The Espresso Book Machine Model 1.5 Image credit:On Demand Books
Bloomberg.com reports that this summer the New York Public Library will test an Internet-connected printing and binding machine that puts out a 200-page paperback in minutes. The "Espresso Book Machine,'' from New York-based On Demand Books LLC, prints public domain books available online. See: `Espresso' Spits Out Perfect Book, With Mangled Cover for details.
Does this invention represent environmental and financial progress?
Excess inventory is always zero, which means, hypothetically, that fewer overstock books are sent back for recycling. Environmental plus.
This EBM uses standard laser printing, just like a photo copier would use. And then there is the cover-pasting and page-binding with glue business. I really don't know whether the quality defects in a professional book bindery are fewer. Lets call that a wash.
The shipping l burden for EBM book distribution is less than it is for conventional book printing and distribution on the outbound direction. Consumer travel to the library EBM is likely similar to that needed to buy a book at a bookstore - except it is two way for both consumer trips. Direct shipping of a book to the consumer obviates those two way trips and is therefore likely to have a lower footprint.
A third-party verified life cycle inventory study would be needed to make proper comparison of environmental attributes of EBM versus a more transformational technology: the hand-held digital book. No such study exists. However...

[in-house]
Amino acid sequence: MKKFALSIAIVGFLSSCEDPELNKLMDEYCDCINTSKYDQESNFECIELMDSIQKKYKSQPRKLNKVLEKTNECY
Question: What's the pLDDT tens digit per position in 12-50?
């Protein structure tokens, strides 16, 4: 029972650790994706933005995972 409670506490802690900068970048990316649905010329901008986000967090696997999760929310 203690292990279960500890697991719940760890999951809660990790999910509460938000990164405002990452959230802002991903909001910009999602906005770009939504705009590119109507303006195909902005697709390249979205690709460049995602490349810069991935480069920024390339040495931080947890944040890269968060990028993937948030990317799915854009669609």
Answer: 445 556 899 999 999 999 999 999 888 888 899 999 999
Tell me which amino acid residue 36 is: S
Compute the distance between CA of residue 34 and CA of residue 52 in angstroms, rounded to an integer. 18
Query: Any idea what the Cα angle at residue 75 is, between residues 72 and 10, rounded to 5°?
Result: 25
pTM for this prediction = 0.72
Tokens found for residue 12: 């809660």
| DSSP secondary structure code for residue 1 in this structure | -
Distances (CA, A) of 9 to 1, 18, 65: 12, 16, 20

A cost-effectiveness comparison should be feasible based on reasonable assumptions.
Let's assume that a public library can rent out digital book reading devices like Amazon's wireless Kindle.
Teleread reports that the EBM set up at the University of Alberta last year cost US $144,000. They'd have to add operating expenses for electricity, toner, paper, glue, card stock for covers, maintenance, and repairs. It's just a WAG but lets say, for the sake of a first cut comparison, that all that non-capital stuff totals up to US$2/book and that the design life of the EBM equipment is five million pages worth of books in three years.
Lets further assume that the average book EBM prints is 250 pages.
The library could crank out 20,000 books at a total cost of ($2 X 20,000) + $144,000 = $184,000.
We'll not factor in scrap value at the end of three years because both technologies have unpredictable future worth.
A Kindle retails for US$250. Let's assume that the wholesale price is $200/each. The library could buy 720 Kindles for just the capital cost of one EBM. For the total cost to own an EBM ($184,000, using the above-described assumptions), the library could purchase 920 Kindles outright.
Lets assume that the library can rent the Kindles out for $US2.00/per week; capacity utilization is 80%; and that combined theft and breakage rate is 20%, over a three year period.
I'm getting tired. But it looks like a digital book would come out better on the money end, depending on capital cost and theft/breakage rates actually experienced.
Any of you MBA's waiting around to hear back on job applications wanna do a spreadsheet summary to post in comments?
Unless readers return custom printed books to the library for others to borrow and read, EBM is just another way to fill closets up with once-read books.
On balance - awaiting NPV comparisons from one of our genius readers - we give EBM an "almost."